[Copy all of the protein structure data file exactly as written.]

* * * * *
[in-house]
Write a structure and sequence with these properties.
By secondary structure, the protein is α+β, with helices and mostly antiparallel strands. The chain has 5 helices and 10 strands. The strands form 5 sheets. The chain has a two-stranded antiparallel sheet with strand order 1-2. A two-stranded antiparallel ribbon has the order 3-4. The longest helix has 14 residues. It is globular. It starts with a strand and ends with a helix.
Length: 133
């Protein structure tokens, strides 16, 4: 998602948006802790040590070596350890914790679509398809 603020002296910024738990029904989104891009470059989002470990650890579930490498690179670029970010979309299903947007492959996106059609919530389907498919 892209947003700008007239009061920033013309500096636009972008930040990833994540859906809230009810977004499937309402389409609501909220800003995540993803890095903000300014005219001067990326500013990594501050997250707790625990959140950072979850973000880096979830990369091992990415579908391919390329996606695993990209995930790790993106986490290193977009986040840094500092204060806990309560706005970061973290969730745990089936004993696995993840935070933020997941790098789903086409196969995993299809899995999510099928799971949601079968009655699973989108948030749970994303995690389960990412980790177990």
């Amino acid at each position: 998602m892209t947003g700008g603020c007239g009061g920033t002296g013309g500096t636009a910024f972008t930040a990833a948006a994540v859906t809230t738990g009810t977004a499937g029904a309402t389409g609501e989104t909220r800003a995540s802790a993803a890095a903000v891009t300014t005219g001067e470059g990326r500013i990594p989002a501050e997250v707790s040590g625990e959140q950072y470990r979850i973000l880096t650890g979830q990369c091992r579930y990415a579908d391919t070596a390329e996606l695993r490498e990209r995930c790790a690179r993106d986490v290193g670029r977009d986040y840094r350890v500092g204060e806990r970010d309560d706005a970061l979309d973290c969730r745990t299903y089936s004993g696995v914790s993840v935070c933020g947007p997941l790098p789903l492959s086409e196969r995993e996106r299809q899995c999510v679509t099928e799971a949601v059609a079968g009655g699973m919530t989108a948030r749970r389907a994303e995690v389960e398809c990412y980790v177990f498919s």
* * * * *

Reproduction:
[in-house]
Write a structure and sequence with these properties.
By secondary structure, the protein is α+β, with helices and mostly antiparallel strands. The chain has 5 helices and 10 strands. The strands form 5 sheets. The chain has a two-stranded antiparallel sheet with strand order 1-2. A two-stranded antiparallel ribbon has the order 3-4. The longest helix has 14 residues. It is globular. It starts with a strand and ends with a helix.
Length: 133
């Protein structure tokens, strides 16, 4: 998602948006802790040590070596350890914790679509398809 603020002296910024738990029904989104891009470059989002470990650890579930490498690179670029970010979309299903947007492959996106059609919530389907498919 892209947003700008007239009061920033013309500096636009972008930040990833994540859906809230009810977004499937309402389409609501909220800003995540993803890095903000300014005219001067990326500013990594501050997250707790625990959140950072979850973000880096979830990369091992990415579908391919390329996606695993990209995930790790993106986490290193977009986040840094500092204060806990309560706005970061973290969730745990089936004993696995993840935070933020997941790098789903086409196969995993299809899995999510099928799971949601079968009655699973989108948030749970994303995690389960990412980790177990």
């Amino acid at each position: 998602m892209t947003g700008g603020c007239g009061g920033t002296g013309g500096t636009a910024f972008t930040a990833a948006a994540v859906t809230t738990g009810t977004a499937g029904a309402t389409g609501e989104t909220r800003a995540s802790a993803a890095a903000v891009t300014t005219g001067e470059g990326r500013i990594p989002a501050e997250v707790s040590g625990e959140q950072y470990r979850i973000l880096t650890g979830q990369c091992r579930y990415a579908d391919t070596a390329e996606l695993r490498e990209r995930c790790a690179r993106d986490v290193g670029r977009d986040y840094r350890v500092g204060e806990r970010d309560d706005a970061l979309d973290c969730r745990t299903y089936s004993g696995v914790s993840v935070c933020g947007p997941l790098p789903l492959s086409e196969r995993e996106r299809q899995c999510v679509t099928e799971a949601v059609a079968g009655g699973m919530t989108a948030r749970r389907a994303e995690v389960e398809c990412y980790v177990f498919s």